Sunday, March 09, 2014

Teaching Maths Through English or English Through Maths: A CLIL approach

Are you thinking in doing some CLIL (Content and Language Integrated Learning) next year? Is Maths your favourite subject to do it but the staff of your school thinks that this is a too tough for to be taught in English? Need some good reasons to convince parents and teachers? Or, are you not sure about some "language" issues when teaching maths...?

Here you are some good "references" may help you!

1.  Teaching Maths Through English. A CLIL approach. This is a book is designed to help CLIL  Teachers practically and effectivelly teach maths through the medium of English. Written by experienced CLIL teachers, it provides useful tips and guidelines on how to plan lessons and develop activities and resources in support of a CLIL approach.

Teaching Maths Through English. A CLIL Approach University of Cambridge. ESOL examinations. From Enric Calvet

2. Another suggestion is to read the following article written by Tracie Heskett "How to teach Math to English Language Learners" in
"Students who are still learning English need instruction in vocabulary to help them understand new math concepts. Exposure to the language of mathematics will help them learn to talk about and write about what they are learning in math"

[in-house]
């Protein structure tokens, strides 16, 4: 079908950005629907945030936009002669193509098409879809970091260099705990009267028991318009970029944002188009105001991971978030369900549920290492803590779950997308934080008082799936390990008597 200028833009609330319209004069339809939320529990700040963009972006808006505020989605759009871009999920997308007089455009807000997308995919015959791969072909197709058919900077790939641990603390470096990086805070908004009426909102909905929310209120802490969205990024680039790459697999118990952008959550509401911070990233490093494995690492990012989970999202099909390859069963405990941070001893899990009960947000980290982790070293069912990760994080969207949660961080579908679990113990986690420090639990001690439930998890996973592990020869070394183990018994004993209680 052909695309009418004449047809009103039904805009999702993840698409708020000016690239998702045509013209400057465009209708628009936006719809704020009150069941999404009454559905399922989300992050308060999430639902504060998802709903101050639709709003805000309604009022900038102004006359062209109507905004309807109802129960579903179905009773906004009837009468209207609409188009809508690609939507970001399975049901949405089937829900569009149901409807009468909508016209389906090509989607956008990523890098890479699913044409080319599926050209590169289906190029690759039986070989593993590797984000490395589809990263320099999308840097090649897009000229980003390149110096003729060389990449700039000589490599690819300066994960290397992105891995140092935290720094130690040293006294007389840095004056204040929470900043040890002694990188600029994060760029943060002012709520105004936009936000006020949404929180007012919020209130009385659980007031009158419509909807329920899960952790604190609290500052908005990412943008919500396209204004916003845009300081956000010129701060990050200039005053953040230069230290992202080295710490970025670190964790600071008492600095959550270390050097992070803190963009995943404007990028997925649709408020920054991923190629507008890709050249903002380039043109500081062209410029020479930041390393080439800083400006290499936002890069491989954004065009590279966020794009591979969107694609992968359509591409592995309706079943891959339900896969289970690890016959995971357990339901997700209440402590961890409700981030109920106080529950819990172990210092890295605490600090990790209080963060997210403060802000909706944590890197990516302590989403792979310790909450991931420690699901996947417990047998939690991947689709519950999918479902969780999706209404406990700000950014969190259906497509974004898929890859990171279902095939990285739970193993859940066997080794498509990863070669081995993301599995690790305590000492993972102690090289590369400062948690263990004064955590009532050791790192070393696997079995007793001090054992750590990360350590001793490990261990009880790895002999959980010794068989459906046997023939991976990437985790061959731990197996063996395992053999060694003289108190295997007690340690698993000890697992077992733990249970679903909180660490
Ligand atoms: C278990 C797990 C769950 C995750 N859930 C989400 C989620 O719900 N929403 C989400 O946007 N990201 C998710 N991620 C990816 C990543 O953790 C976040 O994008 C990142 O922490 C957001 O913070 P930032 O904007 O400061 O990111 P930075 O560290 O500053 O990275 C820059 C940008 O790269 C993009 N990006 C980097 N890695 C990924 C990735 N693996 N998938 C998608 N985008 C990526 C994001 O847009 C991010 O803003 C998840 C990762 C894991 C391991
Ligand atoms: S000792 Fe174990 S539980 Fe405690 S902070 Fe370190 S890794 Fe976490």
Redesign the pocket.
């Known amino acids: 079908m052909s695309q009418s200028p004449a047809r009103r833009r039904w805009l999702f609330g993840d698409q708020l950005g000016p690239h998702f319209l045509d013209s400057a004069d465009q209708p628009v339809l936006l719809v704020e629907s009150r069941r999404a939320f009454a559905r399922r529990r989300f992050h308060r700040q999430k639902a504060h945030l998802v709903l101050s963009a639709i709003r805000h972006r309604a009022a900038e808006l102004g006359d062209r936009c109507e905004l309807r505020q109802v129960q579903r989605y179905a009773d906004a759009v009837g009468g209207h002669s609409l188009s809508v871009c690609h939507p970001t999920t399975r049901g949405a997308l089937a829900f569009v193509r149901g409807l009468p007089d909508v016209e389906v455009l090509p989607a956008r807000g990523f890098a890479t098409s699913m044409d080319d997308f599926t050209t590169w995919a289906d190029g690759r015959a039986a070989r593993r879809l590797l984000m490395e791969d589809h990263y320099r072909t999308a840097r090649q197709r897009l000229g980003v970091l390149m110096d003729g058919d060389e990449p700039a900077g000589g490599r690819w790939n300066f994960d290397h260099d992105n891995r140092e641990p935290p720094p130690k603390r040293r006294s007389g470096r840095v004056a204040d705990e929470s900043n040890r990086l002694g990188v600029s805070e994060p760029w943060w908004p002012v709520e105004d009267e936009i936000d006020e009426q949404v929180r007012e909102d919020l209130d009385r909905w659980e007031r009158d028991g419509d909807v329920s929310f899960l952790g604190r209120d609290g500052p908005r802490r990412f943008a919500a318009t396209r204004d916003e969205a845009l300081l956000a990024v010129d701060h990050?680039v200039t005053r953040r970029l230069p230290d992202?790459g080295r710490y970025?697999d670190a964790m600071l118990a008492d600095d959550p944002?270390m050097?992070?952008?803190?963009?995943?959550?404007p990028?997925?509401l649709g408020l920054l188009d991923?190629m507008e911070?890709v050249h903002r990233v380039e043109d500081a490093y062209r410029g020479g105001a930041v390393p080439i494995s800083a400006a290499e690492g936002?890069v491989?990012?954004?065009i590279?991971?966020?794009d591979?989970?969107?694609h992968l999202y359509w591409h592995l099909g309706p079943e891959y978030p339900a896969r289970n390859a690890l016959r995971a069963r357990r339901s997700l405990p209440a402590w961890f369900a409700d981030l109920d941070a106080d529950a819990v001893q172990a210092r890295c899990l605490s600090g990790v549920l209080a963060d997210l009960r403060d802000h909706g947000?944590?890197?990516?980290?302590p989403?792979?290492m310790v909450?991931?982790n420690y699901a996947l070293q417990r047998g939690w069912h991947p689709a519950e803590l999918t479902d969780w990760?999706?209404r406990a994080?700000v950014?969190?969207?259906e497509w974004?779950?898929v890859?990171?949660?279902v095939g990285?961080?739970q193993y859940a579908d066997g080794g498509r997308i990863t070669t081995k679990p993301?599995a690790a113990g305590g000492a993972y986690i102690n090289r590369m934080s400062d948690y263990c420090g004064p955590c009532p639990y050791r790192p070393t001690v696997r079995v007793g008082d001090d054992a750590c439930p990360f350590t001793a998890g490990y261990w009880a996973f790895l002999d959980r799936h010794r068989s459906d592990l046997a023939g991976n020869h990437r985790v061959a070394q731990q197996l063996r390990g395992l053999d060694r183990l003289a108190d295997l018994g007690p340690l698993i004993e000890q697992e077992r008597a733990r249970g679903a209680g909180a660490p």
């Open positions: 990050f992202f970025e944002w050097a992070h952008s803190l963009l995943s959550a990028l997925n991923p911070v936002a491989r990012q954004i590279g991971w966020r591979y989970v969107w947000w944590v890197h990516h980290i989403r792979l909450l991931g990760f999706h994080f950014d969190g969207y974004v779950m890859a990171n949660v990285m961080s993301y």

3. Practice makes perfect, and IXL makes maths practice fun! IXL motivates students through interactive games and exercises while keeping teachers and parents informed and involved. With more than 2,500 skills spanning preschool and grade 11, IXL offers a dynamic and enjoyable environment suitable for any learning style. Students who use IXL are succeeding like never before.

4. Primary CPD in Pinterest 
Hundreds of resources curated by Claire Corroon. She's providing in her web page Math strands and strand units for Infants to Sixth Class, and Teaching Methodologies and Approaches. Really helpful!

I know there are lots and lots of web pages in the net about Maths and Language Teaching (CLIL). With some calm you can find your way through this mess of information. I suggest starting with: 

CLIL: Teaching Math to Language Learners from Shelly Terrell

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